It’s natural to feel the need to protect your kids from any pain in their lives. I get it. Imagining all of the different trials my five children will face and all of the tears they will shed makes me feel a little apprehensive. I know I need to push aside my irrational desire to pick my family up and live off-grid, somewhere in the wilderness (not kidding), and I need to put the work in now to raise unstoppable kids. Unstoppable doesn’t necessarily mean “successful” in the way the world views success. I could care less if my kids become wealthy or choose prominent career paths. To me, unstoppable is pushing forward in spite of adversity, admitting and learning from mistakes, and being a kind and generous person no matter the circumstances.
6 Things You Need To Do To Raise Unstoppable Kids
- Sponsored by Uncrustables
- Cultivate Empathy – Empathy is the ability to understand and share the feelings of another. Children are born with the ability to empathize, but it needs to be nurtured throughout their lives. According to Making Caring Common Project, parents can cultivate empathy in their children by making caring for others a priority, provide opportunities for children to practice empathy and modeling empathy yourself.
- Celebrate Diversity – Rather then avoiding and not talking about differences, we can celebrate the differences of others and help children be comfortable with their own differences. Also according to Scientific American, “….being around people who are different from us makes us more creative, more diligent and harder-working.”
- Teach Responsibilty – I don’t know many kids who will readily admit their mistakes. In my house, my kids still try to deny their wrong-doings. Instead of responding out of anger, it’s important for us to teach and respond with love and understanding (I know, this is SO hard in the moment). It is important for kids to admit their mistake, apologize and to learn from them.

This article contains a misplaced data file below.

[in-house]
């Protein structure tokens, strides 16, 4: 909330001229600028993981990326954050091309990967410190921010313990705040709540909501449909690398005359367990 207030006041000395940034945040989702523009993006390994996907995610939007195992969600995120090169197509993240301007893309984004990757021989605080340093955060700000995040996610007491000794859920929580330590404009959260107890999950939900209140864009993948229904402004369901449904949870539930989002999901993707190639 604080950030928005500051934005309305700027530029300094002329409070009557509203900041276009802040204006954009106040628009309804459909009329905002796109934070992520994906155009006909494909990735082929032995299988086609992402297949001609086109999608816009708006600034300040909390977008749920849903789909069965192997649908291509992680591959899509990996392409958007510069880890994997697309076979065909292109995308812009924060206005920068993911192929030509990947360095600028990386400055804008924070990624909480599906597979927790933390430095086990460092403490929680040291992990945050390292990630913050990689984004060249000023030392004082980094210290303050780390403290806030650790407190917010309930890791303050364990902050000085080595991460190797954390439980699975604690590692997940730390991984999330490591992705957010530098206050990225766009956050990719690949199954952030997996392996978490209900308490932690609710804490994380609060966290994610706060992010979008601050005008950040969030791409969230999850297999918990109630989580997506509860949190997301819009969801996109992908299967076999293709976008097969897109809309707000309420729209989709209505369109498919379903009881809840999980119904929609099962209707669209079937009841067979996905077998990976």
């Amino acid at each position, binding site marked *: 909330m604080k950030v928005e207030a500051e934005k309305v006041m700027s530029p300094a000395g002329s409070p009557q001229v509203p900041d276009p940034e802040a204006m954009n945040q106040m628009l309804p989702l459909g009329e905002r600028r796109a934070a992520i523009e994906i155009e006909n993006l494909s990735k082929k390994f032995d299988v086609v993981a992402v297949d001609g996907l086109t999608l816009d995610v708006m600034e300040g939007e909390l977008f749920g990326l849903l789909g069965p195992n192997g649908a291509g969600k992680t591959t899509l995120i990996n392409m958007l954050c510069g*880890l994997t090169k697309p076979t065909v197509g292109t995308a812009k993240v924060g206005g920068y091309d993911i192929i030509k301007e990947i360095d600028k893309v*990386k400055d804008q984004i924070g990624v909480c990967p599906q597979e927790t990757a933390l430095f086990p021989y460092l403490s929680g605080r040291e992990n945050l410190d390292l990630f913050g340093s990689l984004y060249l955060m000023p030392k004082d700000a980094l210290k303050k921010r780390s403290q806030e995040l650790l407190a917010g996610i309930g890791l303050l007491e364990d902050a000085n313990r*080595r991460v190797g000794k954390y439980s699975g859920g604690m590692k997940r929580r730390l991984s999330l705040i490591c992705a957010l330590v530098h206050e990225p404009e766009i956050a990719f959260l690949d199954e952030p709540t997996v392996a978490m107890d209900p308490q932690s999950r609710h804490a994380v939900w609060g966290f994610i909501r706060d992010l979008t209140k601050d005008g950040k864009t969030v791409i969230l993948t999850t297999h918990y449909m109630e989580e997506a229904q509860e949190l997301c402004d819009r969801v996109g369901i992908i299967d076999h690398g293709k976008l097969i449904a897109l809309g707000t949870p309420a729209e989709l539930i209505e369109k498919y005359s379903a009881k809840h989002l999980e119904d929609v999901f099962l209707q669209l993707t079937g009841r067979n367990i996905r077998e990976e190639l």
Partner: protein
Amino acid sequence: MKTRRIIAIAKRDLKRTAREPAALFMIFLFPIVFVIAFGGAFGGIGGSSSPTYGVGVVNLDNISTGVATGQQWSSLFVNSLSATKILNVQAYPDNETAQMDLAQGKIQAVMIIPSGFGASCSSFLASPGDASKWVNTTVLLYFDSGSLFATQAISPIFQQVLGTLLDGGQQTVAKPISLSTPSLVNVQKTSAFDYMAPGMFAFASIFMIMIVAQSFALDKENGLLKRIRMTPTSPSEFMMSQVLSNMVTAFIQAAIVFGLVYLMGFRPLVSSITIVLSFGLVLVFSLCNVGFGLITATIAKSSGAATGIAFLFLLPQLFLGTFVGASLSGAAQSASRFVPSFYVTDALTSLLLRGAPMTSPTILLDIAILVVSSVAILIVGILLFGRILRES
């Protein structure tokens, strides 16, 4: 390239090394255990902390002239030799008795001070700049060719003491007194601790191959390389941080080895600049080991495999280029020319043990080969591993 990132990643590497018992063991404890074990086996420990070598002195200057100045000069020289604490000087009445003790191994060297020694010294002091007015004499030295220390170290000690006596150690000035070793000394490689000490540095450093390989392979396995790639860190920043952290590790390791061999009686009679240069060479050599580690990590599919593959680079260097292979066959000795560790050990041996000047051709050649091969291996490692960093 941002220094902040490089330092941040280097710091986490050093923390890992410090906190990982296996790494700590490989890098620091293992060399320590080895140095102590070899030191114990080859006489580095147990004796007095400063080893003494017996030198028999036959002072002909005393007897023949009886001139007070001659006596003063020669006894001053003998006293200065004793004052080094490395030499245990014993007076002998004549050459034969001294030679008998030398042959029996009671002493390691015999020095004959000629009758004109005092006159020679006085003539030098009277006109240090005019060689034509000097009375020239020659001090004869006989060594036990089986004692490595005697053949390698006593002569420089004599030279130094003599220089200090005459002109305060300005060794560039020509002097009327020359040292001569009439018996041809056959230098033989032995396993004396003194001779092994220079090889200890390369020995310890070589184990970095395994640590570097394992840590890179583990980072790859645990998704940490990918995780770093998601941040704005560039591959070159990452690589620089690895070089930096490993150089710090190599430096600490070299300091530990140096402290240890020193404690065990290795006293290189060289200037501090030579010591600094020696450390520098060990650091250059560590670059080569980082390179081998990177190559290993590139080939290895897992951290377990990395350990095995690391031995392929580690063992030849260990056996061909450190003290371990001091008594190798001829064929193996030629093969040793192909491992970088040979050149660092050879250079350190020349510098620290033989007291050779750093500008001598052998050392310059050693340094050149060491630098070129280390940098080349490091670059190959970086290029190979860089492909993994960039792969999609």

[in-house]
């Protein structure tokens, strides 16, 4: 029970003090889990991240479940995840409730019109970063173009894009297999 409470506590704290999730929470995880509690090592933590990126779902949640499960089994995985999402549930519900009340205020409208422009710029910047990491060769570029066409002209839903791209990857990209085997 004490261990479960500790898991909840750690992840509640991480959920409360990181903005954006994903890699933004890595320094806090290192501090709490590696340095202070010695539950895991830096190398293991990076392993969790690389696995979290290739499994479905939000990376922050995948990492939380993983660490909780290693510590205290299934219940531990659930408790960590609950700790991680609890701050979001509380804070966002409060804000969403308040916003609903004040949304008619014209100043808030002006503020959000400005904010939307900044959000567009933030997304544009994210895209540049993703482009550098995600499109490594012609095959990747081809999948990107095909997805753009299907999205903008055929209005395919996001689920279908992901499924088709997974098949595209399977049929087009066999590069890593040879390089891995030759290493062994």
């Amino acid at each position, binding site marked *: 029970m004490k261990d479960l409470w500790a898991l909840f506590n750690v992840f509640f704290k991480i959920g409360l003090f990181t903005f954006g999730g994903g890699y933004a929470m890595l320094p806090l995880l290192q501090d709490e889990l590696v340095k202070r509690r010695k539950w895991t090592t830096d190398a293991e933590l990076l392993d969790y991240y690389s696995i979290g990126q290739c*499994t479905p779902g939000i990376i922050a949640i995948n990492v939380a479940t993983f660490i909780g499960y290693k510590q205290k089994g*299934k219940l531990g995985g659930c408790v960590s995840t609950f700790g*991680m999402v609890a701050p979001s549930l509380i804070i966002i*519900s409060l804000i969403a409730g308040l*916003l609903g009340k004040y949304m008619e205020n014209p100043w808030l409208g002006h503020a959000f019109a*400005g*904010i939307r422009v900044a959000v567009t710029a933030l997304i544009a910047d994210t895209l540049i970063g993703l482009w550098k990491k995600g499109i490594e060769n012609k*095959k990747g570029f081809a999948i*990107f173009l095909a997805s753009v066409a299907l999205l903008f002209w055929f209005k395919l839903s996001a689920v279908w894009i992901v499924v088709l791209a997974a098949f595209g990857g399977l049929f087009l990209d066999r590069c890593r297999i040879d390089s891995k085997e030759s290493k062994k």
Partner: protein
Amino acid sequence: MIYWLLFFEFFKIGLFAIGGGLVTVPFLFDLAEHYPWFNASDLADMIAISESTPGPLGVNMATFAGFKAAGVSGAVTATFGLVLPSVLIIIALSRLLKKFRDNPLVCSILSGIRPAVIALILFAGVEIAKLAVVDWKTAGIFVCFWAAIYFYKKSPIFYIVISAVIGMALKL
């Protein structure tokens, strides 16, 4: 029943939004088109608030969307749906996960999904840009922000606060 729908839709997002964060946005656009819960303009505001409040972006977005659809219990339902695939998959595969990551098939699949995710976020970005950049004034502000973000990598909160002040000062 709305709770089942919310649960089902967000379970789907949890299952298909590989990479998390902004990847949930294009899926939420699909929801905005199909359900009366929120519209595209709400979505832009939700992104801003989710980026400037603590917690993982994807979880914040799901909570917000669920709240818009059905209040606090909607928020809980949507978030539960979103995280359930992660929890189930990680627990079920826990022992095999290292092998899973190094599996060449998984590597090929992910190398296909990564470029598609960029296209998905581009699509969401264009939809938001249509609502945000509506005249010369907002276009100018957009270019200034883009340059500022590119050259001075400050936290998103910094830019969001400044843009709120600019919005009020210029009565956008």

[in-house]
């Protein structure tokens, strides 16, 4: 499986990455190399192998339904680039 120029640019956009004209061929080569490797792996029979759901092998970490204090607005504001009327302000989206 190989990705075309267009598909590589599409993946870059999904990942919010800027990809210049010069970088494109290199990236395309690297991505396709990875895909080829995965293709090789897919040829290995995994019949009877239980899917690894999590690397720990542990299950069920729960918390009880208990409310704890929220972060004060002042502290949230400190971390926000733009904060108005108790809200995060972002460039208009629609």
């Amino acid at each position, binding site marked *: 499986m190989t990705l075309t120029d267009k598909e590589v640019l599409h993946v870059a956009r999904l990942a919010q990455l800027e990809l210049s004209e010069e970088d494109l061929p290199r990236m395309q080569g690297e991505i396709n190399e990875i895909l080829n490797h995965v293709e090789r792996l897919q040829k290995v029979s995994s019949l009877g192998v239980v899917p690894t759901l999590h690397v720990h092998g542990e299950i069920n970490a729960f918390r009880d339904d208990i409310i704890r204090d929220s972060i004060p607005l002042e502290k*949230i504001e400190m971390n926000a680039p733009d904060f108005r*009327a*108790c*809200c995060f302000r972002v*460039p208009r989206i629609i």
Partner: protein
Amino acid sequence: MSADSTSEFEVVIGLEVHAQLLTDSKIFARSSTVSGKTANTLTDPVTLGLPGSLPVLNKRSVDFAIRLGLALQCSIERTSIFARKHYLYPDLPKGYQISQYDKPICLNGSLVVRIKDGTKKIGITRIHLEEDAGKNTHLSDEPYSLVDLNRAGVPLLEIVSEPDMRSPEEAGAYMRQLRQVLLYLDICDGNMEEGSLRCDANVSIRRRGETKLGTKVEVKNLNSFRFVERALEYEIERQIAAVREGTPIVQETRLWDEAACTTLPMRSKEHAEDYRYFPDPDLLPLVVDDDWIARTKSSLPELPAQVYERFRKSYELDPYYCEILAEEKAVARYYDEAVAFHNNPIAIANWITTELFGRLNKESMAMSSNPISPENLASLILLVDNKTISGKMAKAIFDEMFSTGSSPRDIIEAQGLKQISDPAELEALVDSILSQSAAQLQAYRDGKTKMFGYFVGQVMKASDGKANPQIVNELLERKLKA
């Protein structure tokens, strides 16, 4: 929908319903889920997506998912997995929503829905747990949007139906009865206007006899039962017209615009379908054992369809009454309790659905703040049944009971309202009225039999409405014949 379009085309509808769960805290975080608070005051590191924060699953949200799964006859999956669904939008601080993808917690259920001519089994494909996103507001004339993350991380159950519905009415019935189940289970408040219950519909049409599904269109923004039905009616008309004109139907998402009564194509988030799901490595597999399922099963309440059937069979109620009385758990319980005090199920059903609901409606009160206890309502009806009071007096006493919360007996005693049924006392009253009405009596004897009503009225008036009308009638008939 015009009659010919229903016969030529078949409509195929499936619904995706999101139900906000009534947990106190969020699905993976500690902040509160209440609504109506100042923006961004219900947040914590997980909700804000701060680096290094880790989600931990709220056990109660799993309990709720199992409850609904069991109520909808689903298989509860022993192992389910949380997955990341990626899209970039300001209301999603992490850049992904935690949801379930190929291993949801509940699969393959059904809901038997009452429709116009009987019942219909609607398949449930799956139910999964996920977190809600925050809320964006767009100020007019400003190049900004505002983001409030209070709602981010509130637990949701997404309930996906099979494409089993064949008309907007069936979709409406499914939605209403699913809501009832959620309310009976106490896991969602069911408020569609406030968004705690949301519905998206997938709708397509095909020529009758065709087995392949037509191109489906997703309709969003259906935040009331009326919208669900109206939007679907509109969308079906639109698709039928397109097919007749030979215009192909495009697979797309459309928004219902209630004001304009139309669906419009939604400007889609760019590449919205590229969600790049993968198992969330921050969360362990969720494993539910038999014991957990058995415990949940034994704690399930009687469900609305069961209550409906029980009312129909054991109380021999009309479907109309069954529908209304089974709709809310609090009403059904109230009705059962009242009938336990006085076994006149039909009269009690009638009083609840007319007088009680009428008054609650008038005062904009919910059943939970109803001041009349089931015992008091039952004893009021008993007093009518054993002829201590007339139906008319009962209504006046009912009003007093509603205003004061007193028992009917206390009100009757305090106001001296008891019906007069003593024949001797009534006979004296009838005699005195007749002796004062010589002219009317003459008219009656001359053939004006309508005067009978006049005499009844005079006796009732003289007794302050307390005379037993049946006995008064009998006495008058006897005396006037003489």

- Provide Love & Encouragement – According to Tim Elmore of Growing Leaders, the three healthiest phrases that parents can say before a competition are: Have fun, play hard, I love you. And after: Did you have fun? I’m proud of you. I love you. Showing love and encouragement can be as simple as lunchbox notes. I remember trying to hide my mom’s lunch box notes during lunch at school, but I really did appreciate them.
- Prioritize Health – Not only is it important to instill the importance of healthy eating and exercise in children, but mental health is an important issue often not discussed with children. According to Sally Curtain, a statistician with the National Center for Health Statistics, suicide rates of girls between the ages 10-14 has experienced the largest increase in the past 15 years. It’s important to make sure your kids feel safe talking to you, especially if things become difficult so they aren’t afraid to ask for help.
- Lead by Example
Speaking of being unstoppable and pushing forward in spite of adversity, the Paralympics have started today in Rio and involve athletes with a wide range of disabilities. Uncrustables has partnered with Brad Snyder, a two-time Paralympics gold medalist swimmer. Brad Snyder lost his sight in 2011 while serving as a U.S. Navy lieutenant in Afghanistan from an encounter with a roadside bomb. One year later to the day, he won a Gold Medal in swimming at the Paralympic Games in London. Uncrustables is proud to support Brad and all #Unstoppable Team USA Paralympic athletes.